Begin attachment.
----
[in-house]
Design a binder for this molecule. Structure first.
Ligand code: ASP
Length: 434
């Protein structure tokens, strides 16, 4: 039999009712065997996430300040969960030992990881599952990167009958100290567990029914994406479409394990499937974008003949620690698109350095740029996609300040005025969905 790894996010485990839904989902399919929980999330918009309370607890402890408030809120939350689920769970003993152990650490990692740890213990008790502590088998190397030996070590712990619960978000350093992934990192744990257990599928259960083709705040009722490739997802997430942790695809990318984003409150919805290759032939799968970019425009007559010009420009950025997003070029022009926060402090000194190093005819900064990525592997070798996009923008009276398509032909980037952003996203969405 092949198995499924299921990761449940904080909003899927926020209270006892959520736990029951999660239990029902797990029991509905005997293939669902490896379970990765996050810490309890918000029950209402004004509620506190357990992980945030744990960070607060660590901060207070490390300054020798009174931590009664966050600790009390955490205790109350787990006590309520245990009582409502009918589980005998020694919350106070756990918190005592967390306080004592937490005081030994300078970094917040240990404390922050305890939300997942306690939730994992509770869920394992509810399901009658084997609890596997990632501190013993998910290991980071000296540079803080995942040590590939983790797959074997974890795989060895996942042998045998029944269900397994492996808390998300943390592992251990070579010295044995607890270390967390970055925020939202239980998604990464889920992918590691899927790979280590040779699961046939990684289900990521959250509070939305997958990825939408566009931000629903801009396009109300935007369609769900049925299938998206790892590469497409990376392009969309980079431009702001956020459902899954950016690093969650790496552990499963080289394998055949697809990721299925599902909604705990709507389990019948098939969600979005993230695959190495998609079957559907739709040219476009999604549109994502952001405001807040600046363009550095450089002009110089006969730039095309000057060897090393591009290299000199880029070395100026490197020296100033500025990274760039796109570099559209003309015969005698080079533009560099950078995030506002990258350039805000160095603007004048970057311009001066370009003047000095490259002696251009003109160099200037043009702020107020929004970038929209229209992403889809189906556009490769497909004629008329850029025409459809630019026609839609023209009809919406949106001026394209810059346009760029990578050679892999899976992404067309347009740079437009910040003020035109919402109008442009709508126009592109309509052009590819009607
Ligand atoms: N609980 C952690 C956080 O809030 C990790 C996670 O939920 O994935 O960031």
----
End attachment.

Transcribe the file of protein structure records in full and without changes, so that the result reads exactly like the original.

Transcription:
[in-house]
Design a binder for this molecule. Structure first.
Ligand code: ASP
Length: 434
């Protein structure tokens, strides 16, 4: 039999009712065997996430300040969960030992990881599952990167009958100290567990029914994406479409394990499937974008003949620690698109350095740029996609300040005025969905 790894996010485990839904989902399919929980999330918009309370607890402890408030809120939350689920769970003993152990650490990692740890213990008790502590088998190397030996070590712990619960978000350093992934990192744990257990599928259960083709705040009722490739997802997430942790695809990318984003409150919805290759032939799968970019425009007559010009420009950025997003070029022009926060402090000194190093005819900064990525592997070798996009923008009276398509032909980037952003996203969405 092949198995499924299921990761449940904080909003899927926020209270006892959520736990029951999660239990029902797990029991509905005997293939669902490896379970990765996050810490309890918000029950209402004004509620506190357990992980945030744990960070607060660590901060207070490390300054020798009174931590009664966050600790009390955490205790109350787990006590309520245990009582409502009918589980005998020694919350106070756990918190005592967390306080004592937490005081030994300078970094917040240990404390922050305890939300997942306690939730994992509770869920394992509810399901009658084997609890596997990632501190013993998910290991980071000296540079803080995942040590590939983790797959074997974890795989060895996942042998045998029944269900397994492996808390998300943390592992251990070579010295044995607890270390967390970055925020939202239980998604990464889920992918590691899927790979280590040779699961046939990684289900990521959250509070939305997958990825939408566009931000629903801009396009109300935007369609769900049925299938998206790892590469497409990376392009969309980079431009702001956020459902899954950016690093969650790496552990499963080289394998055949697809990721299925599902909604705990709507389990019948098939969600979005993230695959190495998609079957559907739709040219476009999604549109994502952001405001807040600046363009550095450089002009110089006969730039095309000057060897090393591009290299000199880029070395100026490197020296100033500025990274760039796109570099559209003309015969005698080079533009560099950078995030506002990258350039805000160095603007004048970057311009001066370009003047000095490259002696251009003109160099200037043009702020107020929004970038929209229209992403889809189906556009490769497909004629008329850029025409459809630019026609839609023209009809919406949106001026394209810059346009760029990578050679892999899976992404067309347009740079437009910040003020035109919402109008442009709508126009592109309509052009590819009607
Ligand atoms: N609980 C952690 C956080 O809030 C990790 C996670 O939920 O994935 O960031």